Of course access to the network cards requires certain privileges, like it does on any other plattform. From a security point of view it is quite careless to run Wireshark "as Administrator", because that exposes the huge (and still vulnerable) code base of the packet dissectors to potentially bad packets. As a reference: so far, there are 48 CVE numbers assigned for Wireshark in 2017 alone:

A much more safe way is to run Wireshark as normal user, and only allow dumpcap to access the network card via the NPF driver, which has an attack surface that is orders of a magnitude smaller. If NPF doesn't work for you, try npcap instead:

So I absolutely second the warning of @grahamb, and if you run Wireshark as administrator you're using a potentially dangerous workaround that should be treated as a workaround (meaning: don't make it a permanent solution ;-))

(08 Oct '17, 15:30) Jasper ♦♦

Ok, @grahamb and @Jasper. I think we have some miscommunication. First off, I recognize both of you as respected leaders of this community. In fact, I follow your blogs, postings, videos, etc. Thank you for all you do. Secondly, no where did I mean to insult anyone's intelligence. If I did, I apologize.

In responding to this post, I saw @grahamb was heading up a legitimate and technical diagnosis of the problem. I also saw it was a very brief and open question. I saw this question in passing and decided to offer up my experience with this issue. I only replied and did not mark my response as an answer or permanent solution. It was meant as a workaround and troubleshooting step only. In my experience, I did not have a problem with obtaining temporary admin rights for the thousands of users I support when I needed to install Wireshark and WinPCAP and obtain a packet capture until Win8/10. I have not had time to diagnose the problem yet to determine if it lies with WinPCAP, Wireshark, Windows, or our security policies. This is a workaround I have needed to use on several occasions to get the data I needed when in a pinch. I thought I would offer that up quickly as something to try, while @grahamb continued the formal diagnosis.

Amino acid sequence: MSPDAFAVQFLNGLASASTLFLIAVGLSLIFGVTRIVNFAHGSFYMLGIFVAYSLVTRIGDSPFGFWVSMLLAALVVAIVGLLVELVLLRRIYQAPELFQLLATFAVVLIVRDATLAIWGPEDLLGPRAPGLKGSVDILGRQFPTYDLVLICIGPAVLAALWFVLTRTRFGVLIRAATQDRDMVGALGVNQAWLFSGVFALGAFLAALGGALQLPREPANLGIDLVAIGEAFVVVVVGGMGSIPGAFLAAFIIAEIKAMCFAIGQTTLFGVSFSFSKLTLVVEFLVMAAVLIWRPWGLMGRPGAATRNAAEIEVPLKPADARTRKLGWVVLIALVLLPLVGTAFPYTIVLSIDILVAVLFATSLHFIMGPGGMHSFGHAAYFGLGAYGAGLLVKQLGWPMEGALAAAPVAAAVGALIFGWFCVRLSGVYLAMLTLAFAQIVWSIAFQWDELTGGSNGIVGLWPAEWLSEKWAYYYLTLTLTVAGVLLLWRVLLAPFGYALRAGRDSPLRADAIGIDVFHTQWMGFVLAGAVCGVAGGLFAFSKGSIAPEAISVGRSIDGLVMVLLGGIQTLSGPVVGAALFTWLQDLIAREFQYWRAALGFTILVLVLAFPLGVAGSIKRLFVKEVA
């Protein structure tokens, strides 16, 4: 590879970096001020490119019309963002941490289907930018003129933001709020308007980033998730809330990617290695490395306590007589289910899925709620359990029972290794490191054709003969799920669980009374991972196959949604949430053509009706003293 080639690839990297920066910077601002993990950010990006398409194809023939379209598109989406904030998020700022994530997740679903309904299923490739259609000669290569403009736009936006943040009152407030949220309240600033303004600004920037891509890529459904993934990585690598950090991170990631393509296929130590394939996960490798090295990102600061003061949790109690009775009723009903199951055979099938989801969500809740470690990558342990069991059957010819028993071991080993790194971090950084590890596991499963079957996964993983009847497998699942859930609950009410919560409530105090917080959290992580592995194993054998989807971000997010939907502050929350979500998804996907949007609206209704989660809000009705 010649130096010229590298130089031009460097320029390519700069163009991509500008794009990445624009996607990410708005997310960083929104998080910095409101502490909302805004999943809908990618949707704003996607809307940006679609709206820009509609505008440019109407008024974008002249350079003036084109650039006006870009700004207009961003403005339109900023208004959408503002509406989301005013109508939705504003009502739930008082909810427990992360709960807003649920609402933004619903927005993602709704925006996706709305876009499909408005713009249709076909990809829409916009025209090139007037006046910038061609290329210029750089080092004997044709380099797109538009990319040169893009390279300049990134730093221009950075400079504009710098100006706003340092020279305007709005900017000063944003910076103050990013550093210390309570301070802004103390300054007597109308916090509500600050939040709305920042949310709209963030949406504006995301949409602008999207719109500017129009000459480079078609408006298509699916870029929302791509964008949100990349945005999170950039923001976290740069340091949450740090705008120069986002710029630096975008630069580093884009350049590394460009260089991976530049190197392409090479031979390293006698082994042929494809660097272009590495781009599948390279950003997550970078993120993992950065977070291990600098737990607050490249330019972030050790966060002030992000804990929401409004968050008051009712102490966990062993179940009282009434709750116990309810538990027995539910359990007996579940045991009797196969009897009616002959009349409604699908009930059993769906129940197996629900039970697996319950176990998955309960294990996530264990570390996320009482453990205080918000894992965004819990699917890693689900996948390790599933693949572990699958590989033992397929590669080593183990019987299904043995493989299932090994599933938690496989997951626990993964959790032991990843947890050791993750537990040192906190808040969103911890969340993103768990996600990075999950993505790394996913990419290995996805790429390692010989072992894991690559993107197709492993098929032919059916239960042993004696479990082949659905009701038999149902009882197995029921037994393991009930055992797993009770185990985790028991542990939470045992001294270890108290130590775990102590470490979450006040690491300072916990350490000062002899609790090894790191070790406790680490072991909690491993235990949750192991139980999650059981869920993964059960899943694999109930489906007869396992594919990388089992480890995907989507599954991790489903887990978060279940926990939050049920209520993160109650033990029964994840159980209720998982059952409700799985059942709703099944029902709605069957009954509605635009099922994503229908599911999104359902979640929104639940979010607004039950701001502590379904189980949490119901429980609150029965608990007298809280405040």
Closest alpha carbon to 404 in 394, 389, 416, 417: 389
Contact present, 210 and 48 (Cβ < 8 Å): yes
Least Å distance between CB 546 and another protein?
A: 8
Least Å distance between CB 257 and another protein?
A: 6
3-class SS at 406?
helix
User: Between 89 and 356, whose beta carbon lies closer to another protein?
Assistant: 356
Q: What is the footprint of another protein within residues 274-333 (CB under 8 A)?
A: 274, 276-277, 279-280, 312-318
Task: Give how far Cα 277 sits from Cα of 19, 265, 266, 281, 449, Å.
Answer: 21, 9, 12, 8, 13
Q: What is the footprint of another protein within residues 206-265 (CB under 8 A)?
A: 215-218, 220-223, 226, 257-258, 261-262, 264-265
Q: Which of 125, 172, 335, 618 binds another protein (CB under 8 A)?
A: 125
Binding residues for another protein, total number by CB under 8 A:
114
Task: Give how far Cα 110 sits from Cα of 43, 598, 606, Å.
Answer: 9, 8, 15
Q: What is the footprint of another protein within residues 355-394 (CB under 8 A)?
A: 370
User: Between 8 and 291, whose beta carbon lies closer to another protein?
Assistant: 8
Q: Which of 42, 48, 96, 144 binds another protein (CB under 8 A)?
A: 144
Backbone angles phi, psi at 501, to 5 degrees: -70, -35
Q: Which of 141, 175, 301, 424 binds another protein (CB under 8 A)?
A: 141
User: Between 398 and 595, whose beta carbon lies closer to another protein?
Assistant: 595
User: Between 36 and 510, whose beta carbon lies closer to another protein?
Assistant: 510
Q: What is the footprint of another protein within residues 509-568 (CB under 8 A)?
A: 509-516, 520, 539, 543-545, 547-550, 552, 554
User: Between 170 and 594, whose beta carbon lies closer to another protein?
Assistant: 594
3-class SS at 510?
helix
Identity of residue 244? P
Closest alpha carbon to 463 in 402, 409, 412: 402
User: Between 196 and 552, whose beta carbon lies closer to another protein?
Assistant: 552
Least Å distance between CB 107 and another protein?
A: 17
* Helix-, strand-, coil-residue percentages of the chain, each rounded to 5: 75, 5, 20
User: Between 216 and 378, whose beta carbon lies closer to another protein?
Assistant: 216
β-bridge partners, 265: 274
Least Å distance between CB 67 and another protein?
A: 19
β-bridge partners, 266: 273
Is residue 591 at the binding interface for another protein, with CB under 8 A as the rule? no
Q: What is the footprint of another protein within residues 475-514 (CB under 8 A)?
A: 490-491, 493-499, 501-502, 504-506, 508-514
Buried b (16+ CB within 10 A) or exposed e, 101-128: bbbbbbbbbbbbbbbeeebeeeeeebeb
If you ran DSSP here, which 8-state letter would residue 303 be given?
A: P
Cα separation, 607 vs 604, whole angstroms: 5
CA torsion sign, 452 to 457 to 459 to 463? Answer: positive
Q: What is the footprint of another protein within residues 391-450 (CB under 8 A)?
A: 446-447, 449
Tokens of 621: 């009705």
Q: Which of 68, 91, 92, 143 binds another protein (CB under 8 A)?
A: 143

Onto the topic of security. No statement was given in regards to security in the initial question. Is this for a dedicated PC in an isolated test environment, an end user PC in a company, a personal PC at home, or a domain controller, etc? All of these have very different security measures. I treated my answer with the same brevity omitting the topic of security and left that to the admin's discretion. Any infrastructure admin should know their environment, policies, and acceptable security risk. I agree, security should be in the forefront and the best practices should be adhered to. However, I also know workarounds, temporary solutions, and testing is needed in the real world and sometimes that means even security has to take a back seat momentarily. @Jasper npcap and other tools are great alternatives, and might be better long-term solutions. Again, I was allowing @grahamb to get to those eventually if he felt they were the proper solution. This question specifically regarded Wireshark, so I limited my response to Wireshark.

I was just offering a suggestion as something to try. I thought it would be taken as such and not result in a reprimand and inflamed response from, now 2, of the community leaders. I apologize.

(08 Oct '17, 18:34) csereno


No need for apologies, we're all just trying to keep folks safe while they're trying to get their tasks done.

(09 Oct '17, 02:36) grahamb ♦

@csereno, no hard feelings; I just try to hammer some security conscience into people's minds, which is hard enough as it is. So I am a bit overprotective maybe when it comes to running Wireshark as root/admin.

I'm sorry if this sounded too harsh (or "inflamed"), as it most certainly wasn't meant that way. It wasn't at all personal - we just need to make sure users to do not "take the easy way" as soon as they hit a wall if that means increasing the attack surface. And that means we need to point out that that approach isn't safe.

(09 Oct '17, 05:27) Jasper ♦♦